And this might have come about, albeit at the cost of mass extermination of animal and vegetable life and a nuclear winter, but hey, what does that matter if anyone saying anything racially or otherwise demeaning has been stopped?

    Why spoil a narrative with things like weighting not having a war heavily, or having more than a handful of moral categories that matter?

  • Dreadnaught

    Better you heard it from me old lad…

  • dannybhoy

    I believe the Scriptures teach nationalism, rather than one world internationalism, and I base that mainly on Genesis 11 and some other scripture verses.
    It seems to me that those in the (Anglican) Church who advocate the ideal of “one worldliness”, either misunderstand or wilfully distort the Gospel in order to fit in with the prevailing Western world view based as it is on humanism.

    • Dominic Stockford

      Acts 12 also.

      • dannybhoy

        I was thinking of Acts 17>
        26 “From one man he made all the nations, that they should inhabit the whole earth; and he marked out their appointed times in history and the boundaries of their lands. 27 God did this so that they would seek him and perhaps reach out for him and find him, though he is not far from any one of us. 28 ‘For in him we live and move and have our being.’ As some of your own poets have said, ‘We are his offspring.”

        Anyway, how are you brother? I hope that you and yours are keepng well.

        • David

          Good point.

          • dannybhoy

            Actually in reading that verse again it’s pretty profound…
            ” and he marked out their appointed times in history and the boundaries of their lands.”
            I’m reading in Jeremiah at the moment and chapter 27 says,
            4 “And command them to say to their masters, “Thus says the Lord of hosts, the God of Israel—thus you shall say to your masters: 5 ‘I have made the earth, the man and the beast that are on the ground, by My great power and by My outstretched arm, and have given it to whom it seemed proper to Me. 6 And now I have given all these lands into the hand of Nebuchadnezzar the king of Babylon, My servant; and the beasts of the field I have also given him to serve him. 7 So all nations shall serve him and his son and his son’s son, until the time of his land comes; and then many nations and great kings shall make him serve them.”
            I believe that man has genuine free will – guaranteed by God Himself, but the overall plan and supreme Chess player Himself out thinks us at every turn!
            I find that both comforting and deserving of worship.

          • There is a distinction between a healthy patriotic attachment to one’s nation and the ideology of nationalism. There is a universal brotherhood of humanity. We are children of one Father and one Redeemer.

            Pius XII in the Encyclical Summi Pontificatus (1939) stated:

            “nations, despite a difference of development due to diverse conditions of life and of culture, are not destined to break the unity of the human race, but rather [are destined] to enrich and embellish [that unity] by sharing of their own peculiar gifts and by their reciprocal interchange of goods which can be possible and efficacious only when a mutual love and a lively sense of charity unite all the sons of the same Father and all those redeemed by the same Divine Blood.”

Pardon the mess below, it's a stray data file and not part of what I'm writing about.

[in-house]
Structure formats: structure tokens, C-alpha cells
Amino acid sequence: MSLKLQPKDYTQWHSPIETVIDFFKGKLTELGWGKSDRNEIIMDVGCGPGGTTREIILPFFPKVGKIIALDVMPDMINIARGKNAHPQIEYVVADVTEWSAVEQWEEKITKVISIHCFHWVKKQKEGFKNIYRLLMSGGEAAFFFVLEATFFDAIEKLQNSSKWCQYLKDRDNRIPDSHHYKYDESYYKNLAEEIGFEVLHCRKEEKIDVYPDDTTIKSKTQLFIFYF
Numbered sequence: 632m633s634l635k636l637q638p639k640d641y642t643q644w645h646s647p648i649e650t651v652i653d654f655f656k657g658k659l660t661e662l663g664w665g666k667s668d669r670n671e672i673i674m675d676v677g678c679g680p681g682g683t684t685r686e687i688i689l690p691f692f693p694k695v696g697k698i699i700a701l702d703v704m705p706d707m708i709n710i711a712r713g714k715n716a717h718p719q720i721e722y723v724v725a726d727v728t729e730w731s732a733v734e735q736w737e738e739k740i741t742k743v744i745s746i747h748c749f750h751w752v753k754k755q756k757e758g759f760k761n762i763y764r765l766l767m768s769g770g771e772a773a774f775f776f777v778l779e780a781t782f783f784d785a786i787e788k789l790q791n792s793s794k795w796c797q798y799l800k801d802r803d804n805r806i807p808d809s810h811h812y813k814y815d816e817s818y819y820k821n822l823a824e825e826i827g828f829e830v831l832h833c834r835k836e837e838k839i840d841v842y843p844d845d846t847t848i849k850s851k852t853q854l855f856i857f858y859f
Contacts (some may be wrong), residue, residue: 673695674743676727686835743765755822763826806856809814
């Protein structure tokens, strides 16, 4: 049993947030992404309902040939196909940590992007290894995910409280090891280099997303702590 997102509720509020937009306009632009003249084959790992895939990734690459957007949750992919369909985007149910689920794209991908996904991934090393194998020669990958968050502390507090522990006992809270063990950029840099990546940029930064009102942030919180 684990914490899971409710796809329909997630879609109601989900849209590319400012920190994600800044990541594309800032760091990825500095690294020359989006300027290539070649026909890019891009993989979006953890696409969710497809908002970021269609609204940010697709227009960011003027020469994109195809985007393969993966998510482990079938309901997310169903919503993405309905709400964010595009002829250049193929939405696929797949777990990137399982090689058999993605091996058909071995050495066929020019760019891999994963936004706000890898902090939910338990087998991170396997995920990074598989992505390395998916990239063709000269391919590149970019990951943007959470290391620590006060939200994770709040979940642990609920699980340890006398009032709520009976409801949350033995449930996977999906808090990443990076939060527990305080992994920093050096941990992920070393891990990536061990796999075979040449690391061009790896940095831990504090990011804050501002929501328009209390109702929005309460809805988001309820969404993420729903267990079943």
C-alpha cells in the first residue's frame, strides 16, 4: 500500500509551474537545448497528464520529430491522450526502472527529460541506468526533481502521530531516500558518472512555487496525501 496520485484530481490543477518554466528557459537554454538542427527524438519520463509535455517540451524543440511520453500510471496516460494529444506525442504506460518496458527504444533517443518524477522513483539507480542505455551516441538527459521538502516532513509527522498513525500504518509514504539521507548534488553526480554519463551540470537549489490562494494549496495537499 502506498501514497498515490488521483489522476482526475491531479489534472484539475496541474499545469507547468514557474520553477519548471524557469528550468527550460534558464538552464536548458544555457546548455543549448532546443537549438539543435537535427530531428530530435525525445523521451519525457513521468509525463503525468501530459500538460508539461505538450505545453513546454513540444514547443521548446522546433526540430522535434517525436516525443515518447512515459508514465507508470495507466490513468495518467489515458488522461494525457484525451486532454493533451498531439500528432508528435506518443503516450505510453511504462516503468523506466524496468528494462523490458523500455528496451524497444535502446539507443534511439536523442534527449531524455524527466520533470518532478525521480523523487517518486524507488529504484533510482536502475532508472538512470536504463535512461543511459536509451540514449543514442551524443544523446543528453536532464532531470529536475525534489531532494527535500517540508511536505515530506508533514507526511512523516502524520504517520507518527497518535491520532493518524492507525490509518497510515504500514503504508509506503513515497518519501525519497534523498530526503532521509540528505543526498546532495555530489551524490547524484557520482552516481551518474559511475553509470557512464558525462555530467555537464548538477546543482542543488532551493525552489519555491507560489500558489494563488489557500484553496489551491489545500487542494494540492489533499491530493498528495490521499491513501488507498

In other words, the love for one’s nation is legitimate within the context of a rightly ordered patriotism that has as its point of reference the universal unity of humanity.

          • dannybhoy

            “…only when a mutual love and a lively sense of charity unite all the sons of the same Father and all those redeemed by the same Divine Blood.”

            Except that not all sons acknowledge the same Father, or the same’ lively charity.’
            And that those same sentiments had no effect whatsoever on the Nazis and their treatment of their ‘siblings’ I agree with his well meaning intentions.
            Any way old Jack, I would like to know how you a an old stalwart are keeping?
            I hope very well.

          • So what if we have different faiths or view charity/love differently? Jack believes Jesus answered that one.

          • dannybhoy

            Absolutely.
            Which is why I genuinely care about curmudgeonly old people like yourself.

        • Dominic Stockford

          You’re right, Acts 17. My misquote.

          I’m not bad. Standing for the Christian Peoples Alliance in Richmond Park by-election though, so I expect a lot of worldly hassle to come my way in the next couple of weeks.

          • dannybhoy

            Well done that man. I have just started reading “Jesus and Politics” by Alan Storkey which I bought for a mere 75 pence in our nearest Christian bookshop.
            Have you ever read it?

          • Dominic Stockford

            Heard of him, not read it. I have Wayne Grudems recent long thick book one politics in religion. However, I shall basically be preaching the Gospel to them!

        • Royinsouthwest

          Are all the existing boundaries of nations God given? If not, are some of them approved by God and some not? The boundaries of Israel seem to obsess some Christians. What is the “correct” boundary between the Ukraine and Russia? Were the pre-World War II boundaries of European nations correct? If not, how do we know whether or not they are correct now? Should the Basques be independent? What about the Scots? Should the Kurds have a nation state of their own? What was God’s view of the Schleswig Holstein question in the 19th century? When Africa was divided up by colonial powers during the “scramble for Africa” were the boundaries drawn correctly?